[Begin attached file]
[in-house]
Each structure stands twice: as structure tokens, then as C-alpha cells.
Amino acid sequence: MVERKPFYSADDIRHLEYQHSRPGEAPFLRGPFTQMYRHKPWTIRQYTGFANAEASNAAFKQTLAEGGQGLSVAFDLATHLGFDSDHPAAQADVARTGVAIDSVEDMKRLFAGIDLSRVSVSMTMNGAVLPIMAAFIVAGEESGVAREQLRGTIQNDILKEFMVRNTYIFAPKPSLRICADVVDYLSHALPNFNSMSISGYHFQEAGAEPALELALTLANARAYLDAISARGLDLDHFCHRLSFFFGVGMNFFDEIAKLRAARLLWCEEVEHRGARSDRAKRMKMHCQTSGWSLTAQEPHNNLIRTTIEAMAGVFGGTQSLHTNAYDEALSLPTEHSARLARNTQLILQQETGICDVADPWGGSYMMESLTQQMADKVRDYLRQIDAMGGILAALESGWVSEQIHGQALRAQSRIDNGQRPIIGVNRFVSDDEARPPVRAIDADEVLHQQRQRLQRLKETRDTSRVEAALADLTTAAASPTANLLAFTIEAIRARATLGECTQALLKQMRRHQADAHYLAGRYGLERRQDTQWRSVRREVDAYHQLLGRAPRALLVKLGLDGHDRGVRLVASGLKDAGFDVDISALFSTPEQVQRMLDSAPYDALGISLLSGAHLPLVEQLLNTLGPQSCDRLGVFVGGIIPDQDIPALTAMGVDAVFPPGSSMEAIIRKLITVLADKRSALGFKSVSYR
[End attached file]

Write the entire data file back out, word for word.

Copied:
[in-house]
Each structure stands twice: as structure tokens, then as C-alpha cells.
Amino acid sequence: MVERKPFYSADDIRHLEYQHSRPGEAPFLRGPFTQMYRHKPWTIRQYTGFANAEASNAAFKQTLAEGGQGLSVAFDLATHLGFDSDHPAAQADVARTGVAIDSVEDMKRLFAGIDLSRVSVSMTMNGAVLPIMAAFIVAGEESGVAREQLRGTIQNDILKEFMVRNTYIFAPKPSLRICADVVDYLSHALPNFNSMSISGYHFQEAGAEPALELALTLANARAYLDAISARGLDLDHFCHRLSFFFGVGMNFFDEIAKLRAARLLWCEEVEHRGARSDRAKRMKMHCQTSGWSLTAQEPHNNLIRTTIEAMAGVFGGTQSLHTNAYDEALSLPTEHSARLARNTQLILQQETGICDVADPWGGSYMMESLTQQMADKVRDYLRQIDAMGGILAALESGWVSEQIHGQALRAQSRIDNGQRPIIGVNRFVSDDEARPPVRAIDADEVLHQQRQRLQRLKETRDTSRVEAALADLTTAAASPTANLLAFTIEAIRARATLGECTQALLKQMRRHQADAHYLAGRYGLERRQDTQWRSVRREVDAYHQLLGRAPRALLVKLGLDGHDRGVRLVASGLKDAGFDVDISALFSTPEQVQRMLDSAPYDALGISLLSGAHLPLVEQLLNTLGPQSCDRLGVFVGGIIPDQDIPALTAMGVDAVFPPGSSMEAIIRKLITVLADKRSALGFKSVSYR